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ABSTRACT: Malnutrition may impact the pharmacokinetics (PKs) of antiretroviral medications and virologic responses in HIV-infected children. The authors therefore evaluated the PK of nevirapine (NVP), efavirenz (EFV) and lopinavir (LPV) in associations with nutritional status in a cohort of HIV-infected Ugandan children. Sparse dried blood spot samples from Ugandan children were used to estimate plasma concentrations. Historical PK data from children from 3 resource-rich countries (RRC) were utilized to develop the PK models. Concentrations in 330 dried blood spot from 163 Ugandan children aged 0.7-7 years were analyzed in reference to plasma PK data (1189 samples) from 204 children from RRC aged 0.5-12 years. Among Ugandan children, 48% was malnourished (underweight, thin or stunted). Compared to RRC, Ugandan children exhibited reduced bioavailability of EFV and LPV; 11% (P = 0.045) and 18% (P = 0.008), respectively. In contrast, NVP bioavailability was 46% higher in Ugandan children (P < 0.001) with a trend toward greater bioavailability when malnourished. Children receiving LPV, EFV or NVP had comparable risk of virologic failure. Among children on NVP, low height and weight for age Z scores were associated with reduced risk of virologic failure (P = 0.034, P = 0.068, respectively). Ugandan children demonstrated lower EFV and LPV and higher NVP exposure compared to children in RRC, perhaps reflecting the consequence of malnutrition on bioavailability. In children receiving NVP, the relation between exposure, malnutrition and outcome turned out to be marginally significant. Further investigations are warranted using more intensive PK measurements and adequate adherence assessments, to further assess causes of virologic failure in Ugandan children.The Pediatric Infectious Disease Journal 03/2015; 34(3):e63-70. DOI:10.1097/INF.0000000000000603 · 3.14 Impact Factor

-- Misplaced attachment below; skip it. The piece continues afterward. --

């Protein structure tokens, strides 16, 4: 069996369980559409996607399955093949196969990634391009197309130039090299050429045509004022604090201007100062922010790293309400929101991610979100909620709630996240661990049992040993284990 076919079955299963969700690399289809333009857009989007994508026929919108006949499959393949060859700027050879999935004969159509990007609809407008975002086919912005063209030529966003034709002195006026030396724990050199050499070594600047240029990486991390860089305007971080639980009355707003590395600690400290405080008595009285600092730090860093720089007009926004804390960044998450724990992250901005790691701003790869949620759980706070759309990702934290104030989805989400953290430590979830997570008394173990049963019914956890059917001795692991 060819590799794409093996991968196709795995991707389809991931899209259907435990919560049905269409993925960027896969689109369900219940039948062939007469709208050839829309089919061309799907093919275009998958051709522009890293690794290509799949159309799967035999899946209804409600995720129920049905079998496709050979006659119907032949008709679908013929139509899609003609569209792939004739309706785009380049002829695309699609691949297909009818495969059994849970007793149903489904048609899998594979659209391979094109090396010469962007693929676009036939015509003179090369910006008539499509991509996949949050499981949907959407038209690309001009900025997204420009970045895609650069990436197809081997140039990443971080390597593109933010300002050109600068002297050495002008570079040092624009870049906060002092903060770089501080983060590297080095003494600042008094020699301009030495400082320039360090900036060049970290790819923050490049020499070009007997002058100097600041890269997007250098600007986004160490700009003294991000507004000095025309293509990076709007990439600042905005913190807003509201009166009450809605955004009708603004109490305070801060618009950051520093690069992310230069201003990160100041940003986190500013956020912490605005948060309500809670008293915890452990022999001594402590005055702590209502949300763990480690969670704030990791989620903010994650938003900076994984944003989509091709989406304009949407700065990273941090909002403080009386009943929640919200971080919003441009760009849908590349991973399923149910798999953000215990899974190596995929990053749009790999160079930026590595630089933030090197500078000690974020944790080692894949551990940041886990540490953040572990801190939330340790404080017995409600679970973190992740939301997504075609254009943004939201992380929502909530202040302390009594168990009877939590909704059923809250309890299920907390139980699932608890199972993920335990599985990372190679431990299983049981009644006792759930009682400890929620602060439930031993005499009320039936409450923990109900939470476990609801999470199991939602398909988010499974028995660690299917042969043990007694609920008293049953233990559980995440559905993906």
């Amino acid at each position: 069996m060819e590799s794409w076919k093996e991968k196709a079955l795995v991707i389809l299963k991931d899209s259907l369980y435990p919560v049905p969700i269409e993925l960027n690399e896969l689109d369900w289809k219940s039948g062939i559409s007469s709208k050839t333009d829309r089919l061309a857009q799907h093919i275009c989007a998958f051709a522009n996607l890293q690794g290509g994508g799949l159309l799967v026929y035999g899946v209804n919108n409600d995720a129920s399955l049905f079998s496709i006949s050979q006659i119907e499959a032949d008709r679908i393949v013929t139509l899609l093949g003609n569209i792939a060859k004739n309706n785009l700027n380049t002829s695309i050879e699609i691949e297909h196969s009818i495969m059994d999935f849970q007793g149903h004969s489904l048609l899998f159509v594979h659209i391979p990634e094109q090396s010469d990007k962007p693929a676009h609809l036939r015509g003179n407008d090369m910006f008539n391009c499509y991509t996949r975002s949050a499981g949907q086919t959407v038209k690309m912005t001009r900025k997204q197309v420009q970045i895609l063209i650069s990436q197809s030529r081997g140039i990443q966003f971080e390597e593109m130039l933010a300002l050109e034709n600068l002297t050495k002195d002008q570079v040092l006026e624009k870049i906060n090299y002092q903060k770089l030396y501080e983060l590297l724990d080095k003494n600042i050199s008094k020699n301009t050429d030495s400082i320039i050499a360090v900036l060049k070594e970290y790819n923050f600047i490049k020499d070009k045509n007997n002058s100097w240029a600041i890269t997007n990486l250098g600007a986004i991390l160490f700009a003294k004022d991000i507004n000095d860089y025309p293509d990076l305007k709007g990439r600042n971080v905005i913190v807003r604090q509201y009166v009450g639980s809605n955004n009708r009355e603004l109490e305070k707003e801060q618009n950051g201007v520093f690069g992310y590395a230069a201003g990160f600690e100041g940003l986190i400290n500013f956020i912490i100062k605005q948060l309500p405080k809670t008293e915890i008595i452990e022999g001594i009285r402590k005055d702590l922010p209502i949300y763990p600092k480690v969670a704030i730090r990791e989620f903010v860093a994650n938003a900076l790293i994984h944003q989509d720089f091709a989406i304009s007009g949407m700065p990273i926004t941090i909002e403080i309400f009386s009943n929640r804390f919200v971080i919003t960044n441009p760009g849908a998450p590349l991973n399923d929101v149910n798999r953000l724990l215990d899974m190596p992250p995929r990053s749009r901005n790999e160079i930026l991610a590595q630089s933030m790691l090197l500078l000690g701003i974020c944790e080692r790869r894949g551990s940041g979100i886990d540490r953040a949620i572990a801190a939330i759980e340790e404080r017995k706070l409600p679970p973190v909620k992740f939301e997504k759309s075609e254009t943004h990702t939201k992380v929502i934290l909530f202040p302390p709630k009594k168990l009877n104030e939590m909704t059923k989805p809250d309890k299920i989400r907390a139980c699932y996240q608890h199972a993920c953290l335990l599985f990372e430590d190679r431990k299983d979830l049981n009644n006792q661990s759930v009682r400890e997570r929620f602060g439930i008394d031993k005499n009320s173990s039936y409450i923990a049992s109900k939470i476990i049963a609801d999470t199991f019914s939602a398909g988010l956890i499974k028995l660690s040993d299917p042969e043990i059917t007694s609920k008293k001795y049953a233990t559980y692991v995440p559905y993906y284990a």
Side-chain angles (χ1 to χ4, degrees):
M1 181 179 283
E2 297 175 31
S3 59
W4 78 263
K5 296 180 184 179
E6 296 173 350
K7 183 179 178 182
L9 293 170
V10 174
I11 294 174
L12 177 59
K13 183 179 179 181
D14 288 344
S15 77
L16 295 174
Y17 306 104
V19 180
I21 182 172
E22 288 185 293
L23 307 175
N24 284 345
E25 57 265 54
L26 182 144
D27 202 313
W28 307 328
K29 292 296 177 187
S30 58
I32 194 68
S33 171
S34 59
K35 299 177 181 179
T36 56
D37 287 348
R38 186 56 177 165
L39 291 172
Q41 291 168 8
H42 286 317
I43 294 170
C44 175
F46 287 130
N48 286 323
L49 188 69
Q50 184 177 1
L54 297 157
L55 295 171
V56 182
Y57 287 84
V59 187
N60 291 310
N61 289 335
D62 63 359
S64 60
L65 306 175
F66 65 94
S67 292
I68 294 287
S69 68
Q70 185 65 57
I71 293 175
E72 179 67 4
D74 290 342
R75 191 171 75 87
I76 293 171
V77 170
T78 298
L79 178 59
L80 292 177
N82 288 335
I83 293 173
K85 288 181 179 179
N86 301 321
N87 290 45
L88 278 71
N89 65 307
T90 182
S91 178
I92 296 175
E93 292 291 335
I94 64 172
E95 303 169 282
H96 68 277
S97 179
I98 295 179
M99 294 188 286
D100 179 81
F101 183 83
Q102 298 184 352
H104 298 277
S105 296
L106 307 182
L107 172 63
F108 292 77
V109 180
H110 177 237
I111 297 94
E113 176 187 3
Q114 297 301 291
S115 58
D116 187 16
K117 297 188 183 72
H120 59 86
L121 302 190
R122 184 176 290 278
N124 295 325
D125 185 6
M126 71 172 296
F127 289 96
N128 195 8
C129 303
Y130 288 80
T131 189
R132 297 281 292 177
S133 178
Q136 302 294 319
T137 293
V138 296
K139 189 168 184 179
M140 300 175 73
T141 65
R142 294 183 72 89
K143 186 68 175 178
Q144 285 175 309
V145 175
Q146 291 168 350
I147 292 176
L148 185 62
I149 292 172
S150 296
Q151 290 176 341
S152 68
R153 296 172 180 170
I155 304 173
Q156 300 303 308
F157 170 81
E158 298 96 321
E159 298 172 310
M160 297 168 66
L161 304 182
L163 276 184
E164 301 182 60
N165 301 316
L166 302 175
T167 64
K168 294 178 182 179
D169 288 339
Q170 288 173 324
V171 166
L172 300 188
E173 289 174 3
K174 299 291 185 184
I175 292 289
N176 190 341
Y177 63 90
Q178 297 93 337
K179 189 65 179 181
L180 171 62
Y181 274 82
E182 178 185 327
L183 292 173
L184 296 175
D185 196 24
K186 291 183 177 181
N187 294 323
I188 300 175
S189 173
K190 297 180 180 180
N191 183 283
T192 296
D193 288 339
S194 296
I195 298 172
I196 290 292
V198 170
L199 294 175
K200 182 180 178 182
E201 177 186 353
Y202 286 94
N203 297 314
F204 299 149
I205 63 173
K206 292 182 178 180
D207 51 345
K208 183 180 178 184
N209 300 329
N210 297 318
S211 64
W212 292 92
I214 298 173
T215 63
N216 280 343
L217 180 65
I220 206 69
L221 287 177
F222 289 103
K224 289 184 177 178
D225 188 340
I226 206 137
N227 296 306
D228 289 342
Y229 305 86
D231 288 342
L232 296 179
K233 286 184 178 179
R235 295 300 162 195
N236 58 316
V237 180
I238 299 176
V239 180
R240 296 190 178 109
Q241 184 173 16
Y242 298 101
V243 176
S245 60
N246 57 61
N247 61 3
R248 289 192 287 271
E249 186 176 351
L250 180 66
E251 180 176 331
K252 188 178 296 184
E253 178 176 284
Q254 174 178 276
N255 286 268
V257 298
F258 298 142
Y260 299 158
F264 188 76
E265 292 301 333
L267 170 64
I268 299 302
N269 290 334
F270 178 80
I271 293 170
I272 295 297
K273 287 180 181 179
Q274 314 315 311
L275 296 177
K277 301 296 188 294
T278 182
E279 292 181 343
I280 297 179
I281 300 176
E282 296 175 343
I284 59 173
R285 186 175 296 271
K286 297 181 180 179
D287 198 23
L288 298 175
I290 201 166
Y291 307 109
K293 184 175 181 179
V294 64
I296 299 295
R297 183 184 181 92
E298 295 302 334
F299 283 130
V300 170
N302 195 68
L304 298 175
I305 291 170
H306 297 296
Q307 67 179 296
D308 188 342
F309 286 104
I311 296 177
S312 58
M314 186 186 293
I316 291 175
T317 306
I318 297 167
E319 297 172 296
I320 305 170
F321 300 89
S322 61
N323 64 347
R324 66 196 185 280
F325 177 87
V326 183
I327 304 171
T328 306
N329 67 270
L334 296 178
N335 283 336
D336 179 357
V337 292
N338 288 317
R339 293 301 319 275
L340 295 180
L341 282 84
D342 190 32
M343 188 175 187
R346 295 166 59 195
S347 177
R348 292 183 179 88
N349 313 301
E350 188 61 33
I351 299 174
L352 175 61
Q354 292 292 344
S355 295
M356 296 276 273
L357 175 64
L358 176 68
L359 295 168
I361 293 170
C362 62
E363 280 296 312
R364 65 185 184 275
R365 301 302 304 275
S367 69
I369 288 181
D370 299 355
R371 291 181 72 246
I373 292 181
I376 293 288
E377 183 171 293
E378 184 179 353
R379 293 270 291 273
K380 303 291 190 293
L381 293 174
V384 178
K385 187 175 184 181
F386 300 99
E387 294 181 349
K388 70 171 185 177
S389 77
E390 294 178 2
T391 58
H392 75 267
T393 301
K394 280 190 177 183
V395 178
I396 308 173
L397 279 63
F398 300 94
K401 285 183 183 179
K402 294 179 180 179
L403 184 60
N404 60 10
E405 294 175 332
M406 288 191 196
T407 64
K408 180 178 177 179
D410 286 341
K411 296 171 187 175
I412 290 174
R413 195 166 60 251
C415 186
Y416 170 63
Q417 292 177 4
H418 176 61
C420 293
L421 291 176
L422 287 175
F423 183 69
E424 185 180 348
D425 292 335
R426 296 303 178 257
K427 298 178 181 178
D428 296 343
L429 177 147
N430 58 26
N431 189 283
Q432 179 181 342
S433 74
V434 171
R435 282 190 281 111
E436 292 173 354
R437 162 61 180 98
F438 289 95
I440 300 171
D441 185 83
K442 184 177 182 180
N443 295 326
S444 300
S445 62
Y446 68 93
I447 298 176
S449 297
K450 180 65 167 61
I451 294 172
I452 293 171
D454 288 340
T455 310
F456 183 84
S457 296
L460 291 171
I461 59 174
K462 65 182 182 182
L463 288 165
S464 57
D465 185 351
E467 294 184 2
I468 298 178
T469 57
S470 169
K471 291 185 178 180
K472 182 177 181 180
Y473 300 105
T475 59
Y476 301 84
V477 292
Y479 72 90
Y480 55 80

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ABSTRACT: Background: The evidence base for effects of nutritional interventions for malnourished HIV-infected patients starting antiretroviral therapy (ART) is limited and inconclusive. Objective: We hypothesized that both vitamin and mineral deficiencies and poor appetite limit weight gain in malnourished patients starting ART and that vitamin and mineral supplementation would improve appetite and permit nutritional recovery. Design: The randomized controlled Nutritional Support for Africans Starting Antiretroviral Therapy trial was conducted in Mwanza, Tanzania, and Lusaka, Zambia. ART-naive adults referred for ART and with body mass index <18.5 kg/m2 received lipid-based nutritional supplements either without (LNS) or with added vitamins and minerals (LNS-VM), beginning before ART initiation. Participants were given 30 g/d LNS from recruitment until 2 weeks after starting ART and 250 g/d from weeks 2 to 6 of ART. Results: Of 1815 patients recruited, 365 (20%) died during the study and 813 (45%) provided data at 12 weeks. Controlling for baseline values, anthropometric measures were consistently higher at 12-week ART in the LNS-VM than in the LNS group but statistically significant only for calf and mid-upper arm circumferences and triceps skinfold. Appetite did not differ between groups. Using piecewise mixed-effects quadratic models including all patients and time points, the main effects of LNS-VM were seen after starting ART and were significant for weight, body mass index, and mid-upper arm circumference. Conclusions: Provision of high levels of vitamins and minerals to patients referred for ART, delivered with substantial macronutrients, increased nutritional recovery but did not seem to act through treatment group differences in appetite.JAIDS Journal of Acquired Immune Deficiency Syndromes 12/2014; 68(4). DOI:10.1097/QAI.0000000000000483 · 4.39 Impact Factor